The Ming Vase
Great moments in building history: You don't break the Ming vase
Years ago, when I started my first company, I used to tell my employees, “There are three things you don’t do: You don’t start fires, you don’t cause floods, and you don’t break the Ming vase.” Vase, by the way, is pronounced väz in this case. As my father always said, “A va¯s costs less than 50 bucks.”
A few years ago, I had a business with a couple of partners. One of our projects was the renovation of a spacious apartment at Central Park West and 70th Street in New York City. My partner had retained the services of a loud, obnoxious plumber. My partner was trying to be competitive when he included the plumber’s price in our bid. However, if the plumber had done the job for free, it still would have been a lousy deal.
The plumber used to sit on a sawhorse in the middle of the job site and tell the carpenters, the marble setters, the electricians, the air-conditioning crew and even his young plumbing assistant how to do their jobs. He referred to the architect’s specifications as the “jokebook.” I had my hands full.
As part of the kitchen renovation on this job, a new layout required that we relocate the gas line for the stove from one side of the room to the other. Because the building’s management would not let us chop a channel in the concrete floor, the best route was to go through two walls to get the gas line around to the new stove location. One of the walls was a party wall. (A party wall separates two adjacent apartments in the same building.)
This was a building that had been built between the World Wars, and the partitions were made from hollow terracotta block, which was standard practice in those days. Party walls are usually—but not always—constructed from two separate partitions with an insulated airspace between.
Because I was familiar with the plumber’s extraordinary personality, I took him into the kitchen and carefully outlined my concerns regarding the chopping of an 8-ft. long channel into this party wall. The plumber assured me with much confidence and aplomb that my concerns were unfounded and without merit. I had my doubts, but I knew that he had insurance, so I went on with my other tasks.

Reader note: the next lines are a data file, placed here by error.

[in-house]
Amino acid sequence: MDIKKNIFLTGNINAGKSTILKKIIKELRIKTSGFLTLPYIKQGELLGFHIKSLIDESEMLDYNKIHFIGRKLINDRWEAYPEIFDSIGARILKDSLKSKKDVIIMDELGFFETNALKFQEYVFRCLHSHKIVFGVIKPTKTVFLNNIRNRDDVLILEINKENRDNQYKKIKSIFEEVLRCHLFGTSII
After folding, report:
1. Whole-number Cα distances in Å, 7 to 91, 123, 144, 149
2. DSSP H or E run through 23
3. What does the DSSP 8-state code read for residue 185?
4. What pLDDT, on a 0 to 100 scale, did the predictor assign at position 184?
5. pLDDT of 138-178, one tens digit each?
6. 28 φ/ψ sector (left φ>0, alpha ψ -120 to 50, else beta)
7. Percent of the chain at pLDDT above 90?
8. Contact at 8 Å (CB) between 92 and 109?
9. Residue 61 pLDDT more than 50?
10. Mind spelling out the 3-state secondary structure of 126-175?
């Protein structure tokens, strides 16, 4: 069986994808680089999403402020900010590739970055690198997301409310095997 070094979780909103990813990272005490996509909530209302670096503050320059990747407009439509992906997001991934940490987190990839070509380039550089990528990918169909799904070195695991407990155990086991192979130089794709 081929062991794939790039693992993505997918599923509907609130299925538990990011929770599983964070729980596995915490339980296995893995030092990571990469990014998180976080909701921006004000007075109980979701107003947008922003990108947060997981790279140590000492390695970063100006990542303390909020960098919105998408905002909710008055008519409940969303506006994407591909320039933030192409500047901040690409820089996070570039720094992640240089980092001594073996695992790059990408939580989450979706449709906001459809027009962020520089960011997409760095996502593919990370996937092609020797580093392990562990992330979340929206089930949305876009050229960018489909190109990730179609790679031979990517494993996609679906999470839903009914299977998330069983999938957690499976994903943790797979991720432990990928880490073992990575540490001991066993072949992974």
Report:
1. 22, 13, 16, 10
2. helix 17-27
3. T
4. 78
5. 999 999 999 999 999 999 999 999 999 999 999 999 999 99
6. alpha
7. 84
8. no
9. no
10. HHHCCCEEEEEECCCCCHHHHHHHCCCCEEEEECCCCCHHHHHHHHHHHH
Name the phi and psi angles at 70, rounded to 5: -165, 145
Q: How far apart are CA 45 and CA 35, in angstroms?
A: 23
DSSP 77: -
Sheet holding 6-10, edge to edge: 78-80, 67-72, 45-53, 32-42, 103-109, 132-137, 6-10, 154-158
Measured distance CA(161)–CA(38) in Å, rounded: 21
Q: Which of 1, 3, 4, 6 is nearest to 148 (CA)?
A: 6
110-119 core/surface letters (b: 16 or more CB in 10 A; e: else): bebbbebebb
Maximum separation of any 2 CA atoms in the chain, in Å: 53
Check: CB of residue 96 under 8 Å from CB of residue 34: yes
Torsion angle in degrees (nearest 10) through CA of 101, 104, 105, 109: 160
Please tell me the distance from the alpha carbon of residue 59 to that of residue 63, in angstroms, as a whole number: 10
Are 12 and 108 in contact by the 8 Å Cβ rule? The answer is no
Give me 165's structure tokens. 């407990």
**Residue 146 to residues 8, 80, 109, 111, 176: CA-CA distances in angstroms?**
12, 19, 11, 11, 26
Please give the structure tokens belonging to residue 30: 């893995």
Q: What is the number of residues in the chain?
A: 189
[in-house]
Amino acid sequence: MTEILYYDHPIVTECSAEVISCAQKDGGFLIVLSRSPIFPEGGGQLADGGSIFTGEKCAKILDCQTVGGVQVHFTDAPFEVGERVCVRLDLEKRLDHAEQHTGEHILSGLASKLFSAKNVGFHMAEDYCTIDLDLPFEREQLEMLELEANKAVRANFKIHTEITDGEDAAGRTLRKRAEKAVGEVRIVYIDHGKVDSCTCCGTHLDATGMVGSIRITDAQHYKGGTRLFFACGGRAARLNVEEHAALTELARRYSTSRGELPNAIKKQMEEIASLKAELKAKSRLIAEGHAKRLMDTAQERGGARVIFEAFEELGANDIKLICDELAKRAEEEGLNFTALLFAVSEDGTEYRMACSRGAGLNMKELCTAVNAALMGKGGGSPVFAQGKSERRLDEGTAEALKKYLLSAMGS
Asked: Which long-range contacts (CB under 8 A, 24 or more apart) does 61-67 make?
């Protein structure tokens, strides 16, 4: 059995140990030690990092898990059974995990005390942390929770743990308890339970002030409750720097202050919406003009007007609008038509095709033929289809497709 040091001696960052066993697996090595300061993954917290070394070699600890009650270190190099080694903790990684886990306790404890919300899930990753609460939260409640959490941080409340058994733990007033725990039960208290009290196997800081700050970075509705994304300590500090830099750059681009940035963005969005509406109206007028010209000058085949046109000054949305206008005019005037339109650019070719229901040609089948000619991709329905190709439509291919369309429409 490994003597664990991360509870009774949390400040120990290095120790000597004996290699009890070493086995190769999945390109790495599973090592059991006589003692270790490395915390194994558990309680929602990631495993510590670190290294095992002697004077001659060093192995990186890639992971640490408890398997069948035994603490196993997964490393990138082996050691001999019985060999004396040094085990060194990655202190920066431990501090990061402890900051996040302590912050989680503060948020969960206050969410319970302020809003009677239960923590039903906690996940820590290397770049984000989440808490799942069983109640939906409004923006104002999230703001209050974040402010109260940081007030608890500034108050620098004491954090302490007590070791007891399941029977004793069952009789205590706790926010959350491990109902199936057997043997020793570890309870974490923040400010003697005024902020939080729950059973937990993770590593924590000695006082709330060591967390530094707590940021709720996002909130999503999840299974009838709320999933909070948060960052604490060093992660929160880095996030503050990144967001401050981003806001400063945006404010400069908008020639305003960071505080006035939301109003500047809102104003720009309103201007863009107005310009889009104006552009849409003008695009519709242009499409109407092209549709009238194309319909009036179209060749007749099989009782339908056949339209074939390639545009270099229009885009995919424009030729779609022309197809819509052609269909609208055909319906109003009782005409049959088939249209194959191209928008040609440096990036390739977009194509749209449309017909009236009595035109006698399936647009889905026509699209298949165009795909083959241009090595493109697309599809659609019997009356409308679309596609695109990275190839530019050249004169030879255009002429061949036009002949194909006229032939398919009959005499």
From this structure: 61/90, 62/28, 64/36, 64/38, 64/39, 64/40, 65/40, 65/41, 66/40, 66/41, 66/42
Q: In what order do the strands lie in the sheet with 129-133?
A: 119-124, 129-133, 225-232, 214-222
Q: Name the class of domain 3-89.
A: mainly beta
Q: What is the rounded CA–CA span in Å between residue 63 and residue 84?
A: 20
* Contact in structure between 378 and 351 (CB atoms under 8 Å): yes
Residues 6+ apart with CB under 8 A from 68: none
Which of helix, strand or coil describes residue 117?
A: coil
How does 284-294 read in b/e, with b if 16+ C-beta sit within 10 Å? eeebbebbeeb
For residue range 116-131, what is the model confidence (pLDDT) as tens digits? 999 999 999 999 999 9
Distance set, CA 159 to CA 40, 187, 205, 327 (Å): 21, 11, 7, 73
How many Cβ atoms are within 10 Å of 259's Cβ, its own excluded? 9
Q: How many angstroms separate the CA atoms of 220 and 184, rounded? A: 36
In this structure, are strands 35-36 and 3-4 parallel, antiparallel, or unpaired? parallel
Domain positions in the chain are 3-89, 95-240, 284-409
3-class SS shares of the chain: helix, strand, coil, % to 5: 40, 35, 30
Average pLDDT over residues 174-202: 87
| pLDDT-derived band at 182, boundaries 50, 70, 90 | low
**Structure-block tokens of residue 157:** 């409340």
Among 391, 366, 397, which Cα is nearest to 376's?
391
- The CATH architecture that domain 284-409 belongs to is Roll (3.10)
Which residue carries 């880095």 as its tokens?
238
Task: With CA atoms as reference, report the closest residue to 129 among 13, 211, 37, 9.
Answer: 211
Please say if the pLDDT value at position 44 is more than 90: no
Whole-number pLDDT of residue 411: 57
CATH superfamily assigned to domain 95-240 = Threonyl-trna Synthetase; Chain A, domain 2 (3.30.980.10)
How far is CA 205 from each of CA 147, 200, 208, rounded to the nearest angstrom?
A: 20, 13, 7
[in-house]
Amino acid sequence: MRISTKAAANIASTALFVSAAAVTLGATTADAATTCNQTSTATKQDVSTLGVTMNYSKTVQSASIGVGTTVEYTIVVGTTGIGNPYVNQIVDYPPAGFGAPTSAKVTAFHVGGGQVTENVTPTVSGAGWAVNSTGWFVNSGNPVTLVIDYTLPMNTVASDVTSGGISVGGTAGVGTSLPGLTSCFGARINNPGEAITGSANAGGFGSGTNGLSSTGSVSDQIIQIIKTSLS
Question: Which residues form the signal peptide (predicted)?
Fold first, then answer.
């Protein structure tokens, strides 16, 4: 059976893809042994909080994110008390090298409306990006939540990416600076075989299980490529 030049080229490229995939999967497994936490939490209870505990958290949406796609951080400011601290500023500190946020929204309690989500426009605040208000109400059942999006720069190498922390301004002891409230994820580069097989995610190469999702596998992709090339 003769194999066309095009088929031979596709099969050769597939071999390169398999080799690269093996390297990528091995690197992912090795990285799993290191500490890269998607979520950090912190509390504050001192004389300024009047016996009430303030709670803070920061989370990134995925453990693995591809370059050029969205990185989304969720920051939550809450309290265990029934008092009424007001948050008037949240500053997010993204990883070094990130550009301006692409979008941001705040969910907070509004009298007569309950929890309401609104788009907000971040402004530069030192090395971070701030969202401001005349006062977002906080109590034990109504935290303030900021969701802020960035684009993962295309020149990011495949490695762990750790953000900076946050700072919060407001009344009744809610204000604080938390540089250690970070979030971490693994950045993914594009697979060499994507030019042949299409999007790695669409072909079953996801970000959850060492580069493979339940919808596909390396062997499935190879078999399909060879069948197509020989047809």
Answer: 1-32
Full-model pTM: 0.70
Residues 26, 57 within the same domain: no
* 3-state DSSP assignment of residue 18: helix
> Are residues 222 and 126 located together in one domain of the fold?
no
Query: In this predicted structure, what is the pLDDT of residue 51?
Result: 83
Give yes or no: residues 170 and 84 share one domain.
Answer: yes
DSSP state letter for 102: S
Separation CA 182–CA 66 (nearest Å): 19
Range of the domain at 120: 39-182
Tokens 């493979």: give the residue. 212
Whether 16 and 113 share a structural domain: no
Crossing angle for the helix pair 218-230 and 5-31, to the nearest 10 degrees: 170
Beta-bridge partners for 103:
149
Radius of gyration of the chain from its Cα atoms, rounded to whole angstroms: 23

I came back to the kitchen a half-hour later to inspect the progress. As I surveyed the newly chopped channel from the far side of the room, my eye caught a small, unusual dark spot in the otherwise dusty orange of the terracotta. I went over to investigate, and leaning down, I picked a piece of broken terracotta from the channel that had green plaster on one side. The kitchen we were working on was painted yellow.
My heart raced. I knelt down and peered through a hole into the next apartment. It was dark, like the inside of a closet.
I got up, went into the service hall, which serviced both apartments, and knocked on the neighbor’s door. I explained that there had been a slight mishap and that my plumber had broken a small hole through the wall into her closet. The owner blanched and said that there was no closet there, only the built-in pantry cabinet that held the collection of antique china. I blanched.
We opened the doors to the cabinet and peered inside. The cabinet had been built against the plaster wall with no wooden back. What we saw was a beautiful set of hand-painted antique bone china, service for 12, stacked within. The contents were covered in dust and bits of plaster, and in the middle of it all stood the Ming vase.
Miraculously, there was no damage to the china or the vase. The neighbor, who was a bit nervous about the whole event, had her china and vase washed, and we patched and painted the hole.
As I have since lectured ad nauseam, “There are three things you don’t do: You don’t start fires, you don’t cause floods, and you don’t break the Ming vase.”
—Louie Meader, Cherry Valley, New York
Drawing by: Jackie Rogers